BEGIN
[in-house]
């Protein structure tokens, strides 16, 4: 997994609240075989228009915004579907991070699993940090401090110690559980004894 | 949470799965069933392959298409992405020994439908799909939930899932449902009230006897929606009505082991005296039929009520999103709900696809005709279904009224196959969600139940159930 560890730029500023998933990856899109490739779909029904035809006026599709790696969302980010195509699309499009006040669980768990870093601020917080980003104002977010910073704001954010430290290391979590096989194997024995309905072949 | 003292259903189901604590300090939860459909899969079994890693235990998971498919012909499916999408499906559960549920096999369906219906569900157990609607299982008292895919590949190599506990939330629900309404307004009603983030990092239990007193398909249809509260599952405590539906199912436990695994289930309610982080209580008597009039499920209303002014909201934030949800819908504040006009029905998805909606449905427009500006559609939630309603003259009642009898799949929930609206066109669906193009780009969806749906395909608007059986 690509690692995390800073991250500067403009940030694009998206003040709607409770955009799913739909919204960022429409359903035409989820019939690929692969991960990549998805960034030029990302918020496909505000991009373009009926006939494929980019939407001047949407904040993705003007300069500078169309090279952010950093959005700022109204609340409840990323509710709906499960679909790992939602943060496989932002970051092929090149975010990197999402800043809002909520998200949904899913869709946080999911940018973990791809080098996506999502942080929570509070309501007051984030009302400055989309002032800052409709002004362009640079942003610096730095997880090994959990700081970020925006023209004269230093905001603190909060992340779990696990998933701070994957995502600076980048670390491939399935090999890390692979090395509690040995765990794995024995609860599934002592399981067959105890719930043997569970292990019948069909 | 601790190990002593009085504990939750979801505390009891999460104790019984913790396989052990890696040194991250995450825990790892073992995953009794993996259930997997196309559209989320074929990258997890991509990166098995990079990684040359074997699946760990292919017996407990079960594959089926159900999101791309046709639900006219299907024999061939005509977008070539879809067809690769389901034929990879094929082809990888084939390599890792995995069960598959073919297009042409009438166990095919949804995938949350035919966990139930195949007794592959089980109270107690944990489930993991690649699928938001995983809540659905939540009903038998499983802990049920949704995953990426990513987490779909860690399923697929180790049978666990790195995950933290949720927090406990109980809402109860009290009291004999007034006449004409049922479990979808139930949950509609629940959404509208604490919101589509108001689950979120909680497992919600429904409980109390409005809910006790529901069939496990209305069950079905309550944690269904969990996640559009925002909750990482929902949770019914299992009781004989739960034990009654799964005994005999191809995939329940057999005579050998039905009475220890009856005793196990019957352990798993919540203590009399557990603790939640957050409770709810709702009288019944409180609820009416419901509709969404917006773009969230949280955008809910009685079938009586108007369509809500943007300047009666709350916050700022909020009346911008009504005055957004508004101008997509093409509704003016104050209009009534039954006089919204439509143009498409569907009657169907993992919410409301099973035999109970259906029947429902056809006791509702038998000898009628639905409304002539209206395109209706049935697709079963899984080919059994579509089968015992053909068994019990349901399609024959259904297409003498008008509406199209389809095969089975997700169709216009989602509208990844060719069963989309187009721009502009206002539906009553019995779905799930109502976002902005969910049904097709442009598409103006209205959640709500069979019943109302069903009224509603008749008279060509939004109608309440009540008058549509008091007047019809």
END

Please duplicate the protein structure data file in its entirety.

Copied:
[in-house]
């Protein structure tokens, strides 16, 4: 997994609240075989228009915004579907991070699993940090401090110690559980004894 | 949470799965069933392959298409992405020994439908799909939930899932449902009230006897929606009505082991005296039929009520999103709900696809005709279904009224196959969600139940159930 560890730029500023998933990856899109490739779909029904035809006026599709790696969302980010195509699309499009006040669980768990870093601020917080980003104002977010910073704001954010430290290391979590096989194997024995309905072949 | 003292259903189901604590300090939860459909899969079994890693235990998971498919012909499916999408499906559960549920096999369906219906569900157990609607299982008292895919590949190599506990939330629900309404307004009603983030990092239990007193398909249809509260599952405590539906199912436990695994289930309610982080209580008597009039499920209303002014909201934030949800819908504040006009029905998805909606449905427009500006559609939630309603003259009642009898799949929930609206066109669906193009780009969806749906395909608007059986 690509690692995390800073991250500067403009940030694009998206003040709607409770955009799913739909919204960022429409359903035409989820019939690929692969991960990549998805960034030029990302918020496909505000991009373009009926006939494929980019939407001047949407904040993705003007300069500078169309090279952010950093959005700022109204609340409840990323509710709906499960679909790992939602943060496989932002970051092929090149975010990197999402800043809002909520998200949904899913869709946080999911940018973990791809080098996506999502942080929570509070309501007051984030009302400055989309002032800052409709002004362009640079942003610096730095997880090994959990700081970020925006023209004269230093905001603190909060992340779990696990998933701070994957995502600076980048670390491939399935090999890390692979090395509690040995765990794995024995609860599934002592399981067959105890719930043997569970292990019948069909 | 601790190990002593009085504990939750979801505390009891999460104790019984913790396989052990890696040194991250995450825990790892073992995953009794993996259930997997196309559209989320074929990258997890991509990166098995990079990684040359074997699946760990292919017996407990079960594959089926159900999101791309046709639900006219299907024999061939005509977008070539879809067809690769389901034929990879094929082809990888084939390599890792995995069960598959073919297009042409009438166990095919949804995938949350035919966990139930195949007794592959089980109270107690944990489930993991690649699928938001995983809540659905939540009903038998499983802990049920949704995953990426990513987490779909860690399923697929180790049978666990790195995950933290949720927090406990109980809402109860009290009291004999007034006449004409049922479990979808139930949950509609629940959404509208604490919101589509108001689950979120909680497992919600429904409980109390409005809910006790529901069939496990209305069950079905309550944690269904969990996640559009925002909750990482929902949770019914299992009781004989739960034990009654799964005994005999191809995939329940057999005579050998039905009475220890009856005793196990019957352990798993919540203590009399557990603790939640957050409770709810709702009288019944409180609820009416419901509709969404917006773009969230949280955008809910009685079938009586108007369509809500943007300047009666709350916050700022909020009346911008009504005055957004508004101008997509093409509704003016104050209009009534039954006089919204439509143009498409569907009657169907993992919410409301099973035999109970259906029947429902056809006791509702038998000898009628639905409304002539209206395109209706049935697709079963899984080919059994579509089968015992053909068994019990349901399609024959259904297409003498008008509406199209389809095969089975997700169709216009989602509208990844060719069963989309187009721009502009206002539906009553019995779905799930109502976002902005969910049904097709442009598409103006209205959640709500069979019943109302069903009224509603008749008279060509939004109608309440009540008058549509008091007047019809």